In comparison to the existing regulation defining the claim “healthy” for foods, which is focused solely on the levels of individual nutrients in the food, the proposed revisions would require a food to contain a meaningful amount of food from at least one of the food groups (e.g., fruit, vegetable, dairy) recommended by the national Dietary Guidelines and to also adhere to specific limits for various nutrients, such as saturated fat, sodium and added sugars. These nutrient-specific limits are based on a percent of the Daily Value (DV) for the nutrient in question. In addition, for any product to be labeled as “healthy” it would need to meet the sodium limit of 10% of the DV per serving. FDA provides cereal as an example and notes that to be labeled under the new rules, a cereal product would need to contain ¾ ounces of whole grains and no more than 1 gram of saturated fat, 230 milligrams of sodium, and 2.5 grams of added sugars. These criteria would make it impossible for most cereals marketed directly to children to be labeled as healthy without undergoing major nutritional reformulations first.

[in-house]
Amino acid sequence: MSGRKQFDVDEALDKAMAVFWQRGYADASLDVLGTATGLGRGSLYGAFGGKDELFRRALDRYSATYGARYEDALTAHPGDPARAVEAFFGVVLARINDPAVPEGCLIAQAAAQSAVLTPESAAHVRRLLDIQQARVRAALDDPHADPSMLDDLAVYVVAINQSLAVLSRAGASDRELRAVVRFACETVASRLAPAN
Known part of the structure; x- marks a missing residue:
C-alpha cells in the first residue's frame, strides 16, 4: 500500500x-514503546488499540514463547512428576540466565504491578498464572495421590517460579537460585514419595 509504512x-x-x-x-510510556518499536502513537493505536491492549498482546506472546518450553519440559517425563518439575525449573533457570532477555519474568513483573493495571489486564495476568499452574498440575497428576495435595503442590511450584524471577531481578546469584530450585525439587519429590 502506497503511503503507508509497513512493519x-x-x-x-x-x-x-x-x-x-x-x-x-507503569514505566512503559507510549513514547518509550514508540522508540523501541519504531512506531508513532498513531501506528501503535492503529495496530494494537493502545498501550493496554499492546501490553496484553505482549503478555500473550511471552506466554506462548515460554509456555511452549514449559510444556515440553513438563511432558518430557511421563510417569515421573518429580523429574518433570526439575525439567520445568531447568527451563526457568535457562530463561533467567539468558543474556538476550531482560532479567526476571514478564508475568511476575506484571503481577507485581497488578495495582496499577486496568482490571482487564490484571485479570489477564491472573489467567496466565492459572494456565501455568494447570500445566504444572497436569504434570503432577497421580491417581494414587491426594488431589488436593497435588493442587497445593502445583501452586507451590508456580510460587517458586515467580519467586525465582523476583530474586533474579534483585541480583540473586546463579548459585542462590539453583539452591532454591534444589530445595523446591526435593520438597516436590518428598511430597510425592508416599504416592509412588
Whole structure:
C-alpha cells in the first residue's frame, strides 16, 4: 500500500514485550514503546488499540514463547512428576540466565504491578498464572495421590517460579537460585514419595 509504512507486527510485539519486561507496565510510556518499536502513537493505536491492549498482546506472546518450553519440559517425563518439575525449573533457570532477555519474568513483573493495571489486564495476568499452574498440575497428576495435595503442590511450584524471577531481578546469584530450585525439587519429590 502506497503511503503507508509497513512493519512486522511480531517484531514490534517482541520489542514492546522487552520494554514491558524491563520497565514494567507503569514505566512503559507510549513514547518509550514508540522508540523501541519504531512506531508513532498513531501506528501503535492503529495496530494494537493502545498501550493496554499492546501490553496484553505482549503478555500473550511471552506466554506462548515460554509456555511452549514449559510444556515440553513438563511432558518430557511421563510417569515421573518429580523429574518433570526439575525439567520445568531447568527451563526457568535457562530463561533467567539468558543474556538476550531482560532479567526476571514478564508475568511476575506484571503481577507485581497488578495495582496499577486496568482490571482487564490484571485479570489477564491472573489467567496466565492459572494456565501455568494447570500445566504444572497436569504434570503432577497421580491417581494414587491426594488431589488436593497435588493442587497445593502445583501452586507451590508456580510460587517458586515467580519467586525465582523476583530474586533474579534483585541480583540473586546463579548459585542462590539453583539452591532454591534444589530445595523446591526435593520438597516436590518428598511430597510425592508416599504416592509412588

To that end, the proposed rule lays out plans for a three-year compliance deadline for industry after the rule is finalized and becomes effective, which FDA also states will be 60 days after official publication of the final rule. The agency is also requesting feedback on whether a compliance date that is three years after the effective date would give companies sufficient time to analyze products and revise labeling, especially in light of newly proposed record-keeping requirements for foods where the food group equivalent(s) are not apparent based on the label of the food. For foods that fall into this category, manufacturers would be required to create and maintain records verifying that each product bearing the “healthy” claim meets the food group equivalent requirements.